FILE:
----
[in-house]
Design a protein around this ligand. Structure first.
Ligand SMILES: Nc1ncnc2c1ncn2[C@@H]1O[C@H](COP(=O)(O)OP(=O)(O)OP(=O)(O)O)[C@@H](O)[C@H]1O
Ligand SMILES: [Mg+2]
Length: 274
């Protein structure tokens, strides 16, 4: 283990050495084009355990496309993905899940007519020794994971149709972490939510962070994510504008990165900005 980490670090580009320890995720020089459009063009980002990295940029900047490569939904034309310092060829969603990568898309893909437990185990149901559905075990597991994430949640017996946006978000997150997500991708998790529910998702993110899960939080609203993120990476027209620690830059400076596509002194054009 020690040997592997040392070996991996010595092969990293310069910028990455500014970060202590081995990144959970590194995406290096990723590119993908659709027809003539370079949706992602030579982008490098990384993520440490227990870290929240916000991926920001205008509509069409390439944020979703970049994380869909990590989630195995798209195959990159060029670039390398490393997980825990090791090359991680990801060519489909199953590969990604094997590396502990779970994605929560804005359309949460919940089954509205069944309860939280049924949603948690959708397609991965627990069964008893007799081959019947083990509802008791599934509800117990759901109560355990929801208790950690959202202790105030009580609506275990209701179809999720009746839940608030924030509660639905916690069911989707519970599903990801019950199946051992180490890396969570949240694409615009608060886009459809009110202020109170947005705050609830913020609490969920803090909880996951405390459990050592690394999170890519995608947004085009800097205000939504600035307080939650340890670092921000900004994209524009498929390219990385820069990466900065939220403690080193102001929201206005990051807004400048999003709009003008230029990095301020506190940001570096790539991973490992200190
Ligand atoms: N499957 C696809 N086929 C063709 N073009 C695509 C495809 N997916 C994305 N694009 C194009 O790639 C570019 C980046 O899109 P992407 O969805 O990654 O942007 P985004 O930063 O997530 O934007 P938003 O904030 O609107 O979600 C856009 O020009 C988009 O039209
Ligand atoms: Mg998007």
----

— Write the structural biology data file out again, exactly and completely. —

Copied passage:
[in-house]
Design a protein around this ligand. Structure first.
Ligand SMILES: Nc1ncnc2c1ncn2[C@@H]1O[C@H](COP(=O)(O)OP(=O)(O)OP(=O)(O)O)[C@@H](O)[C@H]1O
Ligand SMILES: [Mg+2]
Length: 274
């Protein structure tokens, strides 16, 4: 283990050495084009355990496309993905899940007519020794994971149709972490939510962070994510504008990165900005 980490670090580009320890995720020089459009063009980002990295940029900047490569939904034309310092060829969603990568898309893909437990185990149901559905075990597991994430949640017996946006978000997150997500991708998790529910998702993110899960939080609203993120990476027209620690830059400076596509002194054009 020690040997592997040392070996991996010595092969990293310069910028990455500014970060202590081995990144959970590194995406290096990723590119993908659709027809003539370079949706992602030579982008490098990384993520440490227990870290929240916000991926920001205008509509069409390439944020979703970049994380869909990590989630195995798209195959990159060029670039390398490393997980825990090791090359991680990801060519489909199953590969990604094997590396502990779970994605929560804005359309949460919940089954509205069944309860939280049924949603948690959708397609991965627990069964008893007799081959019947083990509802008791599934509800117990759901109560355990929801208790950690959202202790105030009580609506275990209701179809999720009746839940608030924030509660639905916690069911989707519970599903990801019950199946051992180490890396969570949240694409615009608060886009459809009110202020109170947005705050609830913020609490969920803090909880996951405390459990050592690394999170890519995608947004085009800097205000939504600035307080939650340890670092921000900004994209524009498929390219990385820069990466900065939220403690080193102001929201206005990051807004400048999003709009003008230029990095301020506190940001570096790539991973490992200190
Ligand atoms: N499957 C696809 N086929 C063709 N073009 C695509 C495809 N997916 C994305 N694009 C194009 O790639 C570019 C980046 O899109 P992407 O969805 O990654 O942007 P985004 O930063 O997530 O934007 P938003 O904030 O609107 O979600 C856009 O020009 C988009 O039209
Ligand atoms: Mg998007």